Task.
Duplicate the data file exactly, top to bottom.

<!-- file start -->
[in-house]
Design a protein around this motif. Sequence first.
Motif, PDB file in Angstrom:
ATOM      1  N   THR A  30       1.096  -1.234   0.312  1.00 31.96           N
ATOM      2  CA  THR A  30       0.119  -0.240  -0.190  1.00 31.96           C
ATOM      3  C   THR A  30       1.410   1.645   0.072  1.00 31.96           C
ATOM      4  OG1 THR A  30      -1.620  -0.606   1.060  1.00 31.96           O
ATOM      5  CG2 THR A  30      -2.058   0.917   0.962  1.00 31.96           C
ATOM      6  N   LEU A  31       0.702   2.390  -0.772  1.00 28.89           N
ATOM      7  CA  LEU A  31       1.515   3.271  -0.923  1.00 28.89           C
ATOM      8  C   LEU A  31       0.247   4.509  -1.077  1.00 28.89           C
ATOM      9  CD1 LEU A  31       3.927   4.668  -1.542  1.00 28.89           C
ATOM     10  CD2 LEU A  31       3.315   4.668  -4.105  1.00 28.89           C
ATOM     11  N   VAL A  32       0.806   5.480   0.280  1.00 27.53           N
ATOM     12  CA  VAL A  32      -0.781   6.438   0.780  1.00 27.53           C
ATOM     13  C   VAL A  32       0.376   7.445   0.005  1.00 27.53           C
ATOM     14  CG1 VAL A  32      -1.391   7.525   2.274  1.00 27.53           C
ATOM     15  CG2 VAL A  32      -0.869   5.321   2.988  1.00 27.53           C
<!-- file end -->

[in-house]
Design a protein around this motif. Sequence first.
Motif, PDB file in Angstrom:
ATOM      1  N   THR A  30       1.096  -1.234   0.312  1.00 31.96           N
ATOM      2  CA  THR A  30       0.119  -0.240  -0.190  1.00 31.96           C
ATOM      3  C   THR A  30       1.410   1.645   0.072  1.00 31.96           C
ATOM      4  OG1 THR A  30      -1.620  -0.606   1.060  1.00 31.96           O
ATOM      5  CG2 THR A  30      -2.058   0.917   0.962  1.00 31.96           C
ATOM      6  N   LEU A  31       0.702   2.390  -0.772  1.00 28.89           N
ATOM      7  CA  LEU A  31       1.515   3.271  -0.923  1.00 28.89           C
ATOM      8  C   LEU A  31       0.247   4.509  -1.077  1.00 28.89           C
ATOM      9  CD1 LEU A  31       3.927   4.668  -1.542  1.00 28.89           C
ATOM     10  CD2 LEU A  31       3.315   4.668  -4.105  1.00 28.89           C
ATOM     11  N   VAL A  32       0.806   5.480   0.280  1.00 27.53           N
ATOM     12  CA  VAL A  32      -0.781   6.438   0.780  1.00 27.53           C
ATOM     13  C   VAL A  32       0.376   7.445   0.005  1.00 27.53           C
ATOM     14  CG1 VAL A  32      -1.391   7.525   2.274  1.00 27.53           C
ATOM     15  CG2 VAL A  32      -0.869   5.321   2.988  1.00 27.53           C